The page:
However, Republicans could also face a backlash from seniors, once the impact of the reform on their pharmacy bills takes hold. One of the biggest concerns is the prospect that large numbers of employers who currently provide prescription-drug benefits for retirees will drop coverage, once a federal option is available.
The House-Senate compromise bill includes some $70 billion in incentives for employers to continue their coverage, but it may not be enough to offset the benefit of dumping employees into a new federal plan, analysts say.
"Employers will get federal subsidies, but they will be much better off it they dropped it completely," says Kenneth Thorpe, a health-policy expert at Emory University, who estimates that some 25 percent of employers will drop coverage even with the new subsidy. That means that some 2.1 million private-sector retirees would probably lose their retirement benefits if the GOP bill becomes law, he adds.
"There are things in this bill that can come back to haunt Republicans, especially whether that $70 billion indemnifies companies who were thinking of dumping their health plans," says Ross Baker, a political scientist at Rutgers University in New Brunswick, N.J.
"This is the group that can be most easily ignited, if there is any sense that companies are beginning to shut down plans for retirees," he adds. "Hell hath no fury like seniors inflamed."
Anticipating this possibility, Democrats began last week to circulate video footage of former Rep. Dan Rostenkowski (D) of Illinois being chased down a Chicago street by angry seniors protesting a 1988 catastrophic coverage bill. The bill had to be repealed in 1989. Democrats say if the GOP bill passes, it will probably meet the same fate.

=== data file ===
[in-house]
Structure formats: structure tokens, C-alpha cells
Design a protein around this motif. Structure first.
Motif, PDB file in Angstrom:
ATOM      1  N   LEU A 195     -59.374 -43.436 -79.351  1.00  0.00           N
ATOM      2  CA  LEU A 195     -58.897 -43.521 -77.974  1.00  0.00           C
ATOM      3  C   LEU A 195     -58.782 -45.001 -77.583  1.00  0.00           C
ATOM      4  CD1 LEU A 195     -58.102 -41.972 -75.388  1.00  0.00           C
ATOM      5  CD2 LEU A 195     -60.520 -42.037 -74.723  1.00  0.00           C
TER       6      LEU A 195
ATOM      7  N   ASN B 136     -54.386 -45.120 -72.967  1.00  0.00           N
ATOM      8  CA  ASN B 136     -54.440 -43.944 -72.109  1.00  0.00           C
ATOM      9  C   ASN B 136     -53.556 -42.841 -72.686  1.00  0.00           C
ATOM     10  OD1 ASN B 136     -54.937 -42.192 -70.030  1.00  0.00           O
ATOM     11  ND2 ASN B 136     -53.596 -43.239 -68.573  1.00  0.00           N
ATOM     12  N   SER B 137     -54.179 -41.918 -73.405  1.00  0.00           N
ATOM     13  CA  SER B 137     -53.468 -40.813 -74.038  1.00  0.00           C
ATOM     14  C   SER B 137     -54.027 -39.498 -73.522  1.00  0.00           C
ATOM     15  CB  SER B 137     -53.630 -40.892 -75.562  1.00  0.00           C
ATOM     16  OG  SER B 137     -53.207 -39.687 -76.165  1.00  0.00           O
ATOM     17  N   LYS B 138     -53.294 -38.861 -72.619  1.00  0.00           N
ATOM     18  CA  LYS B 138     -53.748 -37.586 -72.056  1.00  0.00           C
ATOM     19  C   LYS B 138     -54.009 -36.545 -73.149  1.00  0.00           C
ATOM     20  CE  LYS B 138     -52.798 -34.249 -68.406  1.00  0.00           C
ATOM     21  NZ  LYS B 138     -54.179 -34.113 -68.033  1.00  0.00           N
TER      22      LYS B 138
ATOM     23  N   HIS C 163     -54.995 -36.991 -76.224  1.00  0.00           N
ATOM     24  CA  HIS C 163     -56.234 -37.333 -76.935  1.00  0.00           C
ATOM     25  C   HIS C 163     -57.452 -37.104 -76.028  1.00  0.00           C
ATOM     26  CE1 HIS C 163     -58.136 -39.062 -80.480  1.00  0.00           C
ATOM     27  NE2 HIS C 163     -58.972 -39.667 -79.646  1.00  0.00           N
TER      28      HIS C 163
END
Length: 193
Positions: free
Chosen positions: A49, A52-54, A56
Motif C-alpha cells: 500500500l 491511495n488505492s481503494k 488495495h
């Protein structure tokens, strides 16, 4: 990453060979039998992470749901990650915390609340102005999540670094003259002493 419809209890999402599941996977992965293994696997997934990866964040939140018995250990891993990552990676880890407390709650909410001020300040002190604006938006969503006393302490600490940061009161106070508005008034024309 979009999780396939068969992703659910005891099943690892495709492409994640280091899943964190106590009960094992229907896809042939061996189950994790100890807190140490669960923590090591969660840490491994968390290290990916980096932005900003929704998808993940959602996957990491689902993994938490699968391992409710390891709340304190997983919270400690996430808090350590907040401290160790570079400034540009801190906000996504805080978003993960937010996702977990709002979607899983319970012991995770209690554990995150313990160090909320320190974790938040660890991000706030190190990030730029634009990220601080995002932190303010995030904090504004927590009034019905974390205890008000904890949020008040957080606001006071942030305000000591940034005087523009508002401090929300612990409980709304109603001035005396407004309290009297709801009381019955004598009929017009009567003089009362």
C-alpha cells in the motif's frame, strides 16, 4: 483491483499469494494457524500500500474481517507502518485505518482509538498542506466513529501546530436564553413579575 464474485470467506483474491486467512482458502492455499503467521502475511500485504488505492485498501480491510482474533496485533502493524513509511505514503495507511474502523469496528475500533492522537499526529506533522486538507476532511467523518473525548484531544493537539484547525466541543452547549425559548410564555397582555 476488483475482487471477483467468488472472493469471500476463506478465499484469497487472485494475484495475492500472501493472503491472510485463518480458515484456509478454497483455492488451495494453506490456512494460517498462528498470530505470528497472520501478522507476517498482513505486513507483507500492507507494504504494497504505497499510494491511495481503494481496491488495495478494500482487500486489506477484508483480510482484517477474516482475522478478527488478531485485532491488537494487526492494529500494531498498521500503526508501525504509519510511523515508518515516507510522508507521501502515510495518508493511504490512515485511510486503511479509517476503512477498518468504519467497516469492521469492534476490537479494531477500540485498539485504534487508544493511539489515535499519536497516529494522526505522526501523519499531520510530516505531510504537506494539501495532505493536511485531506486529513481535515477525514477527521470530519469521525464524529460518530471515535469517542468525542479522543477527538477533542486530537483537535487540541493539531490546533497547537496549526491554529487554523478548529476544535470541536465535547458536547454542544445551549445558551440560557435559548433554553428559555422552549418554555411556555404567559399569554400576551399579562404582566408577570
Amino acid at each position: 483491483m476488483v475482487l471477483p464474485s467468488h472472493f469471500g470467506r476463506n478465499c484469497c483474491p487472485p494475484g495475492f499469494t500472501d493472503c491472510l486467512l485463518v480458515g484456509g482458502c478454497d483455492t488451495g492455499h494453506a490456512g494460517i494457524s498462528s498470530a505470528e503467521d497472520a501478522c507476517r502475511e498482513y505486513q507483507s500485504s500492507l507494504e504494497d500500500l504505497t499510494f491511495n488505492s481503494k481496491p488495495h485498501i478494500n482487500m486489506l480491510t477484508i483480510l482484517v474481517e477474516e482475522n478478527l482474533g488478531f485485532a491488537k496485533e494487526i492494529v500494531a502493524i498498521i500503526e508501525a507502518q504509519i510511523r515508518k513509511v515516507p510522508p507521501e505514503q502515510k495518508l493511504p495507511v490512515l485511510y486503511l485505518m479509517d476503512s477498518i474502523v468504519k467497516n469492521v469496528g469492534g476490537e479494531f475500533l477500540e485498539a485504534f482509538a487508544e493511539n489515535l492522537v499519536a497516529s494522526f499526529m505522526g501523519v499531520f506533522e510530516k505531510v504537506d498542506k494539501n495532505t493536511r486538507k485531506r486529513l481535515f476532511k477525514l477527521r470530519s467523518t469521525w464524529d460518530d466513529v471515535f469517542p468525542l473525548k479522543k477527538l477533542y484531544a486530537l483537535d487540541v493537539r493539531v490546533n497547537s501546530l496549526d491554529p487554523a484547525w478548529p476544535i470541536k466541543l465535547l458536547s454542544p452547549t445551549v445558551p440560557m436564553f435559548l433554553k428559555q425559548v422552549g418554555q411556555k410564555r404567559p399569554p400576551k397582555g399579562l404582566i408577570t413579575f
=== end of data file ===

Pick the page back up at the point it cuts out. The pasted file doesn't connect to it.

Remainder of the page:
In response, Senate Republicans counter that, unlike the 1988 plan, the new Medicare reform is voluntary. The first change Americans will see in their lives is a new a drug discount card to help offset pharmacy costs. The prescription-drug benefit does not begin until 2006, and a more controversial plan to compare costs of Medicare and private plans - and increase premiums for seniors, if traditional fee-for-service Medicare plans come up short - takes effect in a limited number of cities still later.
In negotiations with the House, Senate Republicans rolled back the price competition element to a limited demonstration project in six metropolitan areas - a key demand of GOP moderates. They also added $25 billion to improve service and federal payments to rural doctors and hospitals - a key to winning support for the bill from many rural Democrats.
"That gap [between urban and rural payments] is not eliminated, but it is meaningfully reduced," says Sen. Kent Conrad (D) of North Dakota. While most on the liberal wing of the Democratic caucus are opposing this bill as a threat to Medicare, Mr. Conrad and other rural Democrats say they will vote for it. "There are things in this bill I am very opposed to, but I have to remember I am a US senator from North Dakota. This will be a very significant help for my people."
But many conservatives remain deeply concerned about the fiscal impact. "The Medicare bill fits into a broader theme, which is that Republicans have lost their fiscal conscience," says Stephen Moore of the Club for Growth, an antitax group. "We've had now the biggest education bill, the biggest farm bill, the biggest foreing aid bill, and now the biggest healthcare bill in two decades."